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This is an account of JG Ballard's childhood in Shanghai during World War II when he was imprisoned in an internment camp away from his parents but just knowing that alone tells you nothing about the book. Yes, it takes place in WWII but that's almost irrelevant to the book, Jim is barely aware of the war as far as most people would conceive it and the entire war seems to take place mostly on the periphery . . . if it doesn't affect him directly than he doesn't care. On one level this is a nicely detailed account of life in Shanghai, especially in the beginning. Ballard is a good enough writer that he can describe such mundane events with enough flair that they take on another ambiance entirely. This becomes more pronounced as Jim winds deeper into the war itself, with the book becoming almost dream like in its quality. A lot of people I think object to the actions of Jim, which are very much what we don't expect. He's fairly self centered and makes a lot of weird rationalizations but I had no trouble understanding his POV, even if I didn't totally agree with it. He's a kid caught in something he can barely understand, so he has to break it down into something he can understand and sometimes that means making it a game and sometimes that means doing some things that most of us would interpret as cruel. That was the most interesting part of the novel for me, watching Jim trying to cope with the events around him, deal with the fact that he can barely remember his parents, with the fact that the only life he can really remember after a while are in the camp itself. With everything filtered through his perceptions the reader has to evaluate for him or herself what exactly the truth is . . . Jim's perception of some characters can change over and over, or maybe not even agree with what the character is doing, but that's because he's looking at it through the eyes of a child and by way of Jim, so is the reader as well. The white flash of the atom bomb that comes toward the end isn't even a climax, it's just another strange event in a war where everything strange is normal and for Jim it doesn't even signify the end of the war, for him the war never really seems to end. Haunting in its grim depiction of reality, this stands as one of the better books to come out about WWII simply for its personal perspective.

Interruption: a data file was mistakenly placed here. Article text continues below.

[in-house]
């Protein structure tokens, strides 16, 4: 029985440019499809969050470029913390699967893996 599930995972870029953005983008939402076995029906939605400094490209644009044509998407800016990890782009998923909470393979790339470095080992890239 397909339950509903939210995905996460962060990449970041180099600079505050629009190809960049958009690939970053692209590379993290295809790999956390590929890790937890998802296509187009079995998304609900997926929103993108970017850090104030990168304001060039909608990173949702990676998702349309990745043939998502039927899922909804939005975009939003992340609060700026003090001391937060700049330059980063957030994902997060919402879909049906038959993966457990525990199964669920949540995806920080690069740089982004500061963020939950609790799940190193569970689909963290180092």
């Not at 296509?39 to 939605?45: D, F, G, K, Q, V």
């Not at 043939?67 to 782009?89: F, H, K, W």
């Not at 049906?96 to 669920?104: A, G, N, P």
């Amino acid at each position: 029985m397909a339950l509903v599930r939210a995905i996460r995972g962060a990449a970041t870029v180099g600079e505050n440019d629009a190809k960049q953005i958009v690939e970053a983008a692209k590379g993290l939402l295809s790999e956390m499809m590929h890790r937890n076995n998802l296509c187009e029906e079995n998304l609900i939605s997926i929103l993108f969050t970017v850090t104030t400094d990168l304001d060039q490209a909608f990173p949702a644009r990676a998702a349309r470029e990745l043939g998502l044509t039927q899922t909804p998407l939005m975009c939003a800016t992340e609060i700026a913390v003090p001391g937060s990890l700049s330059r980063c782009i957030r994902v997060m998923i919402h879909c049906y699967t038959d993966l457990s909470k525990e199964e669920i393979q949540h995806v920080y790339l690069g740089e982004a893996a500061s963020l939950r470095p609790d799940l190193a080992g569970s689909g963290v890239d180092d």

19 of 19 people found the following review helpful